Stepparent adoption is the most common form of adoption in the United States. Once the adoption is finalized, the stepparent assumes full financial and legal responsibility for his or her spouse’s child and the non-custodial parent’s rights and responsibilities are terminated.
Stepparent adoptions are handled according to state law, which can vary across jurisdictions. For example, some states do not require a home study in cases of stepparent adoption. Most states require that the biological parent and stepparent be married for a specified length of time before an adoption may be finalized. Fortunately for blended families, most states make the adoption process easier for stepchildren to be adopted by their stepparents.
Stepparent adoptions require the consent of both of the child’s birth parents, but the process is handled differently in various states. In some states, the non-custodial parent must file papers with the court or appear before a judge, while a simple written statement is sufficient in other jurisdictions. Some states require the non-custodial parent to seek counseling or speak to a lawyer in order to give valid consent.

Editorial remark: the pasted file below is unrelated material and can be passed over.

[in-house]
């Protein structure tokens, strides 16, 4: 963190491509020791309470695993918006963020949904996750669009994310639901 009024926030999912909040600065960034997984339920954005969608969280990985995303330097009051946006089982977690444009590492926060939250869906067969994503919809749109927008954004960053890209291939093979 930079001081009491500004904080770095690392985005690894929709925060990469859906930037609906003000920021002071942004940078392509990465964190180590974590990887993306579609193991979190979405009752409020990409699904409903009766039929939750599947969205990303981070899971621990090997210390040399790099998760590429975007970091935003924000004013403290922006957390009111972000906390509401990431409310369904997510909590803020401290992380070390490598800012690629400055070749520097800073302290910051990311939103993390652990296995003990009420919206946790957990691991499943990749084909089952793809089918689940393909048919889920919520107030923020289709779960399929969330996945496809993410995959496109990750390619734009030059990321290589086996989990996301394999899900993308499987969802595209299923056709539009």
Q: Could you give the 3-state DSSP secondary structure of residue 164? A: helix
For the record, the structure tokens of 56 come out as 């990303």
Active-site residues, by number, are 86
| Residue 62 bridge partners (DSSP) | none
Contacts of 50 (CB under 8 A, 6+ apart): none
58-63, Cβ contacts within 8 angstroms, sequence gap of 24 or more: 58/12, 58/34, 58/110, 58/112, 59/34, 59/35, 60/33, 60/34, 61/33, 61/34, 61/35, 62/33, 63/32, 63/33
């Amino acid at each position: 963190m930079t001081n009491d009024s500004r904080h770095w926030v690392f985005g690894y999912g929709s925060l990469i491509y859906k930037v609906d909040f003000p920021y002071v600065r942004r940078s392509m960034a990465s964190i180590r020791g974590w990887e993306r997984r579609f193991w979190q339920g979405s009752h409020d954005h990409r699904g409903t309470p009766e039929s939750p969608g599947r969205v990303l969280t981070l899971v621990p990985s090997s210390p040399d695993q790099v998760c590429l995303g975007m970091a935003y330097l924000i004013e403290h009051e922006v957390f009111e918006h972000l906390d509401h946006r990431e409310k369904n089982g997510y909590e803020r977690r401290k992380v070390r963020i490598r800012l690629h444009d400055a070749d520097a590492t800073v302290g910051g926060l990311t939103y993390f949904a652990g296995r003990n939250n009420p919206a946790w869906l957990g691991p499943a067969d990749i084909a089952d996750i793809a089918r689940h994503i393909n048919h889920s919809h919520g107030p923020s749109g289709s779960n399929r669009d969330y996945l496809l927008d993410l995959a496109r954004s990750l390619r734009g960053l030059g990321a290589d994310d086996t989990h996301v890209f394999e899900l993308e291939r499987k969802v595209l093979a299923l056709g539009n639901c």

The consent requirement is not absolute and in fact, consent may not be required in certain situations. In some states, a stepparent adoption may be finalized even if the child’s biological, non-custodial parent contests the adoption, such as when the non-custodial parent has not contacted the child for a specified period of time. If you are having difficulty obtaining consent, you should speak with an attorney. If you cannot afford an attorney, you may be eligible for free legal aid or the court may appoint a guardian ad litem to represent your child.